01 December 2009, 11:47
Russian Church considers strange U.S. State Department protects rights of Satanists
Moscow, December 1, Interfax - The Moscow Patriarchate is perplexed that the U.S. Department of State criticized Russia’s struggle against extremism in its religious freedom report 2009.
"It is precisely the extremism, with its abuse of the innate religious feeling, that underlies international terrorism, which claimed lives of many Russian and U.S. servicemen who fought against it," head of the Synodal Department for External Church Relations Archbishop Hilarion of Volokolamsk said in his letter to the U.S. Ambassador to Russia John Beyrle, posted on the DECR website.
The Inter-religious Council of Russia "spoke against extremism on many occasions, condemning the abuse of religious freedom and freedom of speech, be it anti-Semitism, or publication of cartoons depicting Mohammed or the anti-Christian exhibition in Moscow," the Archbishop said.
"In this context, the report's authors seem to have ambiguous concerns about the rights of the Satanists whose cult is related with the profanation of sacred places of religions, the review of which is given in the report by the U.S. Department of State," the letter said.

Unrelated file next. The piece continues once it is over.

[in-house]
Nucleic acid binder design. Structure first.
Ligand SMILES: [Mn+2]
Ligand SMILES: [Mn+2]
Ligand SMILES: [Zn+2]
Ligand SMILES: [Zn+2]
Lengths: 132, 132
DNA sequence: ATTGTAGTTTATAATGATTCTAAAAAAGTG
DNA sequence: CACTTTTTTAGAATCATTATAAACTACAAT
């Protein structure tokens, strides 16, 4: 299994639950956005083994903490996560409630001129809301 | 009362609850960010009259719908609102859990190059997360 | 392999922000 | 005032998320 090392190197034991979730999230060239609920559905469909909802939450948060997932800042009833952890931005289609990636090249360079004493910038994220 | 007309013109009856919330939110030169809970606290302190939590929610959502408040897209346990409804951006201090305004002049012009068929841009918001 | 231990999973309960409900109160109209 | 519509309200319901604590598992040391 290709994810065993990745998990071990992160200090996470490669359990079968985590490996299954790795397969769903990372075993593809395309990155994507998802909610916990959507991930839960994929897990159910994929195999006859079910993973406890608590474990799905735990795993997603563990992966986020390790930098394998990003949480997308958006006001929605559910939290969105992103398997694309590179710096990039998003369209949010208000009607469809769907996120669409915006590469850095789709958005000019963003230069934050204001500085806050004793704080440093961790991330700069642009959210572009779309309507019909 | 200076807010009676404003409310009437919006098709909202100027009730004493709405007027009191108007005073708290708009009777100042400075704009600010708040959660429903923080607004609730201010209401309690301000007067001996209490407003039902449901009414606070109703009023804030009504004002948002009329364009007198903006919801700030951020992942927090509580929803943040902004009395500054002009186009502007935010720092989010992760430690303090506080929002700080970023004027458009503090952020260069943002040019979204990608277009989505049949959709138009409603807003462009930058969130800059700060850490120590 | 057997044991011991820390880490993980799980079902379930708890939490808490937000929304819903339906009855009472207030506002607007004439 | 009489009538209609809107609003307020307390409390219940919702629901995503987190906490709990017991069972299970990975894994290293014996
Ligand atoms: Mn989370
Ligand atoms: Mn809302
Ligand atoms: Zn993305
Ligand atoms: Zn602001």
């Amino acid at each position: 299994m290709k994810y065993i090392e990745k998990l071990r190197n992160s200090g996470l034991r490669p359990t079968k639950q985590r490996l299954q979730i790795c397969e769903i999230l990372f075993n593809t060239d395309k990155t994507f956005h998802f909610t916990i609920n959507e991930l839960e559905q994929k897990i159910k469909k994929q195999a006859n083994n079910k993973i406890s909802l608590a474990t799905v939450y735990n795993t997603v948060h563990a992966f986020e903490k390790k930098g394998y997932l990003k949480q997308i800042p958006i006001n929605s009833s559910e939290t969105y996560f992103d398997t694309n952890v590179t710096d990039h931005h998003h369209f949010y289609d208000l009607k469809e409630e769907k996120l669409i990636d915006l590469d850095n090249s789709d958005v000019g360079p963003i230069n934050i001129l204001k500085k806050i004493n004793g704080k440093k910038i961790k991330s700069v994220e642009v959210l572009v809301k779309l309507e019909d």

Regrettably, the report condemns "the restrictions imposed on certain "new religious movements," Archbishop Hilarion said.
At the same time, the report says nothing "about the instances that led to such restrictions," he said.
"Many former followers of the said movements, who were psychologically and morally traumatized after becoming victims of fraud, go to Church. The religious and secular rehabilitation centers spend a lot of effort to get these people back to normal life, to deal with their suicidal inclinations, to restore their ruined family happiness," the letter said.
This is why "most often behind many restrictive measures imposed by the state on minority religious groups there is a concern about its citizens' rights and the demands from citizens themselves," the Archbishop said.
The 2009 Report on International Religious Freedom was published by the U.S. Department of State on October 26. The report's section about Russia says that although the religious freedom is fixed in the Russian Constitution and the government generally respects this right, the authorities impose restrictions on a number of groups in certain cases.